Baltic Circle: The Trouble with The Quiet Volume

The students of International Performance Research (MA) write about their experiences during Baltic Circle International Theatre Festival for Feel free to comment, question and give some feedback on Melanie Jame Walsh’s review of The Quiet Volume -performance.

The Trouble with The Quiet Volume

The Quiet Volume is all about our relationship to the written word, more specifically, to books. It is an audio based work, an autoteatro, for library spaces, in which two people – sometimes strangers, sometimes lovers or friends – are paired with each other and two iPods, to experience an exploration of that deliciously elusive, portal-like nature of text, specifically English text, in a physical volume. A beautiful premise. At times exquisitely executed, but with far too many conditions for it’s Baltic Circle audiences.

You and your partner in The Quiet Volume sit side-by-side in the reading room of the Rikhardinkatu Library dutifully waiting for the foretold 2 minutes of silence at the start of the audio track to dissolve. A male British accent begins to whisper musings and instructions. Throughout this hour, as this man’s voice leaves you in silence, returns or is replaced by the voices of others. At one point your attention is drawn to your own internal reading voice, just where does that speaker reside? A delightful mystery. You are invited to press your hand hard into the blank white page, to feel it’s resistance and transportative possibility.

You have the opportunity to read upside down, to chase traces of vanishing text across the page; to misread and to stumble haphazardly through a set of volumes, occasionally dragging your partner with you. You observe other readers, do they look almost as if they are sleeping? Finally, you are offered an example of just how deeply, how very rapidly, well turned words on a printed page can carry you to another place. The Quiet Volume wants for us to acknowledge and take reverie in all that is wonderful about books and about reading.

It is easy to see why The Quiet Volume is enjoying such success with being programmed in a slew of international theatre festivals. First and foremost, it has Tim Etchells’, of Forced Entertainment, name attached. Secondly, it’s infrastructure is seductively light: all that is required is the consent of a local library, preferably grand and old; several sets of some specific texts; some iPods; some The Quiet Volume volumes; and some handy festival volunteers to invigilate. Creator Ant Hampton does not even need to be there. What a sweet and savvy deal. Really. Essentially, there is absolutely nothing wrong with that. In fact the minimal footprint of the work is commendable. But these commercially astute elements are rendered all too obvious as they sit in tandem with the many other assumptions that the work, at times insultingly, makes.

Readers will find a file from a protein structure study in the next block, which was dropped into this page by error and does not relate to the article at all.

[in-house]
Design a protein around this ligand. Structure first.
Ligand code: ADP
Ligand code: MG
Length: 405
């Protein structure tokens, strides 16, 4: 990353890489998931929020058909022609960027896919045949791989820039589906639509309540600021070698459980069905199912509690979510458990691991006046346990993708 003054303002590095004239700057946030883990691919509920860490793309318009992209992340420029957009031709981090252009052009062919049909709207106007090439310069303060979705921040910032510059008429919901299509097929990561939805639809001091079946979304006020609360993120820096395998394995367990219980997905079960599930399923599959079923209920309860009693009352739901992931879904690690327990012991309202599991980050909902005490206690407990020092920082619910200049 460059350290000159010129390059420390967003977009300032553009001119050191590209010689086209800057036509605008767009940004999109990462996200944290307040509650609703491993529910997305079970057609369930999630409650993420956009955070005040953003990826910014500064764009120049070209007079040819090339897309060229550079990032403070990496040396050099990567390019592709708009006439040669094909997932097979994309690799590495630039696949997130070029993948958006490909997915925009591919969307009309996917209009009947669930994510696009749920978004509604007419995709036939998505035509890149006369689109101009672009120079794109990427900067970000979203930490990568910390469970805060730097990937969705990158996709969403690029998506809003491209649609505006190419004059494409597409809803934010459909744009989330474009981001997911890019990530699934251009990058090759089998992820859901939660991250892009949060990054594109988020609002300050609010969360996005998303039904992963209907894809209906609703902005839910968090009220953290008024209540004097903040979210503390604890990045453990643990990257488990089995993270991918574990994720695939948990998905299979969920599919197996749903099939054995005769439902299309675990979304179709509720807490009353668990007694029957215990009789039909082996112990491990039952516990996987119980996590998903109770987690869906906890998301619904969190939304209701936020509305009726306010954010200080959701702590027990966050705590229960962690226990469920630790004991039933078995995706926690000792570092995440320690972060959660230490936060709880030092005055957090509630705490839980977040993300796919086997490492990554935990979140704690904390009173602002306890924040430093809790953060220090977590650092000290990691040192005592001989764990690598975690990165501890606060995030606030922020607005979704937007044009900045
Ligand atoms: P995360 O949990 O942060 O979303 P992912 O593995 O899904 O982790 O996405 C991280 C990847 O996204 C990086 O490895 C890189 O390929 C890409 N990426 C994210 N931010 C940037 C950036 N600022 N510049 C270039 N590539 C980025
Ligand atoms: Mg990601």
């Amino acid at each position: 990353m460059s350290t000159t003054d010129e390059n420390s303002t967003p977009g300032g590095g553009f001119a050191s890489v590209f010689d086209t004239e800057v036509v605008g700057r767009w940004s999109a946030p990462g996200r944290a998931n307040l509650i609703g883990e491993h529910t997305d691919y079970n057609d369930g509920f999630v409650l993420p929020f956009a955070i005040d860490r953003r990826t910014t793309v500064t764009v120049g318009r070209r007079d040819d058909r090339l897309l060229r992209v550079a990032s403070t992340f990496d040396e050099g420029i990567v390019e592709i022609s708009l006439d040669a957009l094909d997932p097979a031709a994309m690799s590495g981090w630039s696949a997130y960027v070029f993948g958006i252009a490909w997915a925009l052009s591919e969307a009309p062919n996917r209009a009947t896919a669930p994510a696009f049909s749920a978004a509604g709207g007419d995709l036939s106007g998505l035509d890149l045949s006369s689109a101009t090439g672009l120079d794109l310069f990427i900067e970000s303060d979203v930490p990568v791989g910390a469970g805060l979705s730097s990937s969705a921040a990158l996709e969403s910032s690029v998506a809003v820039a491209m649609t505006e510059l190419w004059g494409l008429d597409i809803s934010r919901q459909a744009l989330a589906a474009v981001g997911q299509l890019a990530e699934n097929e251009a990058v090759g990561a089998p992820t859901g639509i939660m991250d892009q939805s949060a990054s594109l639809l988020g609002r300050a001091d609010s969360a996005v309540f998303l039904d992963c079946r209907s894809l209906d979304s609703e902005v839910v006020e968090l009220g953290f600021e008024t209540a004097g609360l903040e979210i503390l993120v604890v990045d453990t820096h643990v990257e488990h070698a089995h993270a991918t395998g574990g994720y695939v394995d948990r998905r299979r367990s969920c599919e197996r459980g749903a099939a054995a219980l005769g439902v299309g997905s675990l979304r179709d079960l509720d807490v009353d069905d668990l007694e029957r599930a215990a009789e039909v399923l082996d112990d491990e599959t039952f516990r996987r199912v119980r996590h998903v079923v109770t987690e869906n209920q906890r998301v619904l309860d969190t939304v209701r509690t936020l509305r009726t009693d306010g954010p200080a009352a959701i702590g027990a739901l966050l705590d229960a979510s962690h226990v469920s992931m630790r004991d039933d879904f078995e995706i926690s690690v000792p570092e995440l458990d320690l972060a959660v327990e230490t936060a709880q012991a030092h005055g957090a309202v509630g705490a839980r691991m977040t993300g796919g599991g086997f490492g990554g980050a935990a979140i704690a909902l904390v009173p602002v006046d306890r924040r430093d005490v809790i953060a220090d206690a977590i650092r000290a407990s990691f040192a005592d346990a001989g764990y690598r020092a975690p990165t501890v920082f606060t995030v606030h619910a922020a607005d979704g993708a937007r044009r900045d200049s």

The trouble with The Quiet Volume begins with the unceremonious way in which are lead and instructed into the space by our festival hosts. I understand that they are not performers, and that they are probably there on a voluntary basis, but as an entree to a work this set-up is disastrous. We are cautioned about making mistakes, we overhear previous participants giving their feedback; even more disastrous.

The work begins, I am paired with a stranger, this is fine. What is not fine is how cursory our need to be in this together seems. I feel sutured to my companion without my consent. What if I want to leave? I did not ask for this responsibility of carrying a stranger through the work and my reverie does not depend on him. We read at very different speeds. Anxiety between us heightens as our instructions become confusing. While this may be a trope of the work – inviting us into the dark to fumble back with the light of the written word – for my companion, it brought shame, that his English was what was at fault. He broke our silence to apologise.

These are the complaints I heard so often around the reception of The Quiet Volume: audience members with English as a second, third or fourth language feeling either outraged or apologetic for ’missing’ the point of the work because of ’deficits’ in their grasp of English. The Quiet Volume is an Anglophone work, which celebrates, quite beautifully, the written English word. It plays with nuanced, complex, lyrical English in a way that is not for broad audiences, despite its ambitions to be so, lets be honest about that. Which leads me to suggest that despite how ’hot’ the work and the names of Ant Hampton & Tim Etchells might be, and how seductively light the infrastructure of this autoteatro is, too many assumptions were made about Baltic Circle audiences in the programming of The Quiet Volume in the festival.

Melanie Jame Walsh
Writer is an Australian-born artist based in Berlin. She is a member of triage live art collective and creative director of savage amusement. &


Ant Hampton & Tim Etchells: The Quiet Volume
Credits: Ant Hampton, Tim Etchells, Seth Etchells, Jenny Naden, Katja Timmerberg, TiTo Toblerone
Commissioned by: Ciudades Paralelas, a festival produced by HAU Berlin and Schauspielhaus Zürich, in collaboration with Goethe-Institute Warschau & Teatr Nowy, in coproduction with Vooruit Arts Centre, Belgium.
Supported by: Kulturstiftung des Bundes, the Swiss Cultural foundation Pro Helvetica and Goethe Institute Buenos Aires & Vooruit Arts Centre, Belgium.